Eventually, I decided to read as much as I possibly can about him [Johnnie Cochran] because I knew once the third episode aired it was going to primarily focus on the courtroom. One thing is for sure, if I didn’t know anything about Johnnie Cochran, I definitely knew that he talked a lot. Early on, determining a strategy of how I was going to tackle this role but also balance it with my life, which is quite complicated, were some of the challenges I faced.

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NY: What is one thing you learned or found interesting about the entire O.J. Simpson case that you weren’t aware of prior to filming?

CV: I honestly didn’t know that much because I did not follow the case from day to day. At the time, it was absolutely overwhelming for me because I was a huge O.J. Simpson fan from the beginning of his career at University of Southern California (USC) and throughout his duration with the Buffalo Bills. Ultimately, everything I learned was extremely educational and very enlightening.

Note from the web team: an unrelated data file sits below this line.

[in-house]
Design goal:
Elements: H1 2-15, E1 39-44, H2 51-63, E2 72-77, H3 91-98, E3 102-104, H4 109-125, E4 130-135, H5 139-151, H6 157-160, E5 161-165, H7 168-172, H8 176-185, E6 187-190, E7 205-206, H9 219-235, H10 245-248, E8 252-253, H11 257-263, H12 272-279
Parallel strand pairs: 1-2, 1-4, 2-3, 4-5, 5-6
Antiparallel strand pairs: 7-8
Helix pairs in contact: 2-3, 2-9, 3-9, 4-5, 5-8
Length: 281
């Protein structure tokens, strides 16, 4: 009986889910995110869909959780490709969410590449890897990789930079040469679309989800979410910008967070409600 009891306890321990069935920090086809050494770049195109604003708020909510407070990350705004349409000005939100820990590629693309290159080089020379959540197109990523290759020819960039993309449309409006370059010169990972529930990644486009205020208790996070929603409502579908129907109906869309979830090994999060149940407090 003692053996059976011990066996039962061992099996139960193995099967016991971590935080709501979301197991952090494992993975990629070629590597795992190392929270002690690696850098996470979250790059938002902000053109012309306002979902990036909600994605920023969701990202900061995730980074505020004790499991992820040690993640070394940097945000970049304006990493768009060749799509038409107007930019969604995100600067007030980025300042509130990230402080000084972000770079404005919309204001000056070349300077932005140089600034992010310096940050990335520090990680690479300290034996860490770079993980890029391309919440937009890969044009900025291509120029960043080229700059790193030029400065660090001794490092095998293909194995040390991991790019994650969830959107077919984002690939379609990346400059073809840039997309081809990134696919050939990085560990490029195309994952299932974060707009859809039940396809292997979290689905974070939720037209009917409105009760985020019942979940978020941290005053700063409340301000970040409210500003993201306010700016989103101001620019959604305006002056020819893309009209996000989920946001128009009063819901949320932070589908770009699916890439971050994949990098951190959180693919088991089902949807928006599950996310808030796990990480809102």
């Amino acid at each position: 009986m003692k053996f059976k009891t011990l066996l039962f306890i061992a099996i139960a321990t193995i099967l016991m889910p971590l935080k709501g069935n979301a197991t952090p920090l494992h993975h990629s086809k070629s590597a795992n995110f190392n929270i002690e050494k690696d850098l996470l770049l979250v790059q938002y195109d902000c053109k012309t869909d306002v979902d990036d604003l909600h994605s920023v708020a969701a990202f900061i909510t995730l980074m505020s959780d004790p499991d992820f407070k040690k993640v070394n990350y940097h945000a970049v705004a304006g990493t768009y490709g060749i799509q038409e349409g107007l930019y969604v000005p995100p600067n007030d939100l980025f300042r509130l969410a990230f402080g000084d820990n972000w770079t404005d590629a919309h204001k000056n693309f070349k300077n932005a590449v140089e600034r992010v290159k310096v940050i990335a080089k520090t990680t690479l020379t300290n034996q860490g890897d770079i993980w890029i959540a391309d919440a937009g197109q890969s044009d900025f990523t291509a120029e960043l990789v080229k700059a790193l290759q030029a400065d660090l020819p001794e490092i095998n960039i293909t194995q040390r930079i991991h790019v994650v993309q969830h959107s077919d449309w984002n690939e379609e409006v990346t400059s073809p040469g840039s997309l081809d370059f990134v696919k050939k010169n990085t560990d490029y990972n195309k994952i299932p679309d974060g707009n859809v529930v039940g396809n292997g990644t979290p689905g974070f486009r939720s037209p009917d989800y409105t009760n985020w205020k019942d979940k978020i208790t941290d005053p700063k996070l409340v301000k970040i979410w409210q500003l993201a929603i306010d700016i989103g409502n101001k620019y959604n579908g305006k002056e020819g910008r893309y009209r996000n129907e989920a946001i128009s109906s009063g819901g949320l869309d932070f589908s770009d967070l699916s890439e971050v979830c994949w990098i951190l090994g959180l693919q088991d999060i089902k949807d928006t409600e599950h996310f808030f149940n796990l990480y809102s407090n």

I believe one of the most fascinating facts I learned about the case pertained to the jury consultant. He alerted both sides [Prosecution and Defense] that the central focus of the case was about race and nothing more. Johnnie Cochran and the defense team listened and benefitted from the advice whereas, the prosecution ignored the advice of the jury consultant. He [the jury consultant] told Marcia Clark that her appearance came across as less than trustworthy but due to her experience she ignored all of the feedback that was provided to her.

The jury consultant also insisted the case would be best served within an urban environment downtown as opposed to Santa Monica. By the time the prosecution fully realized the jury consultant was correct with the advice provided to them they were more than halfway through the trial. As a result, they were chasing themselves for the remainder of the legal proceedings because they were unable to go back and make up for lost time.

 

NY: Going back to the year 1995, do you remember where you were or what you were doing when the verdict had been announced?